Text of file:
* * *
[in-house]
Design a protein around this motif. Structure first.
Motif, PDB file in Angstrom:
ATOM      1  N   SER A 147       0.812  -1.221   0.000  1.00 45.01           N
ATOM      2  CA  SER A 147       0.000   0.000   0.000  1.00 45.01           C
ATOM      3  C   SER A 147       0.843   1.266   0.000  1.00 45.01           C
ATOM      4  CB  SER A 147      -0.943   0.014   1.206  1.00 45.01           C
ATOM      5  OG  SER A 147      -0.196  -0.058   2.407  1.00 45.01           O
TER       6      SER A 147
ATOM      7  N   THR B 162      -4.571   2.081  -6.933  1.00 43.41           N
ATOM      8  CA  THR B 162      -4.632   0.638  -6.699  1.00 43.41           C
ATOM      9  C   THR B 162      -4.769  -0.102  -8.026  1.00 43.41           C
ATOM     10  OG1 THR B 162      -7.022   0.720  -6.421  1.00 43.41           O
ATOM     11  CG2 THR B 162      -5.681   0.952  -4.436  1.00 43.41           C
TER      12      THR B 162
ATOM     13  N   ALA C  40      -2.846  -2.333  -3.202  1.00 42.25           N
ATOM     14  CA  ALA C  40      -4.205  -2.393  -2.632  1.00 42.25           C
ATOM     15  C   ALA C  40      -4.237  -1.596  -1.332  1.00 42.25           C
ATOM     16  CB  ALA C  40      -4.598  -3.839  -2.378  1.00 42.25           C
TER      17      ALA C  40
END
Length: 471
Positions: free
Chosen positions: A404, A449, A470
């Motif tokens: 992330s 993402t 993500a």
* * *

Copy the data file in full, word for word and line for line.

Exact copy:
[in-house]
Design a protein around this motif. Structure first.
Motif, PDB file in Angstrom:
ATOM      1  N   SER A 147       0.812  -1.221   0.000  1.00 45.01           N
ATOM      2  CA  SER A 147       0.000   0.000   0.000  1.00 45.01           C
ATOM      3  C   SER A 147       0.843   1.266   0.000  1.00 45.01           C
ATOM      4  CB  SER A 147      -0.943   0.014   1.206  1.00 45.01           C
ATOM      5  OG  SER A 147      -0.196  -0.058   2.407  1.00 45.01           O
TER       6      SER A 147
ATOM      7  N   THR B 162      -4.571   2.081  -6.933  1.00 43.41           N
ATOM      8  CA  THR B 162      -4.632   0.638  -6.699  1.00 43.41           C
ATOM      9  C   THR B 162      -4.769  -0.102  -8.026  1.00 43.41           C
ATOM     10  OG1 THR B 162      -7.022   0.720  -6.421  1.00 43.41           O
ATOM     11  CG2 THR B 162      -5.681   0.952  -4.436  1.00 43.41           C
TER      12      THR B 162
ATOM     13  N   ALA C  40      -2.846  -2.333  -3.202  1.00 42.25           N
ATOM     14  CA  ALA C  40      -4.205  -2.393  -2.632  1.00 42.25           C
ATOM     15  C   ALA C  40      -4.237  -1.596  -1.332  1.00 42.25           C
ATOM     16  CB  ALA C  40      -4.598  -3.839  -2.378  1.00 42.25           C
TER      17      ALA C  40
END
Length: 471
Positions: free
Chosen positions: A404, A449, A470
């Motif tokens: 992330s 993402t 993500a």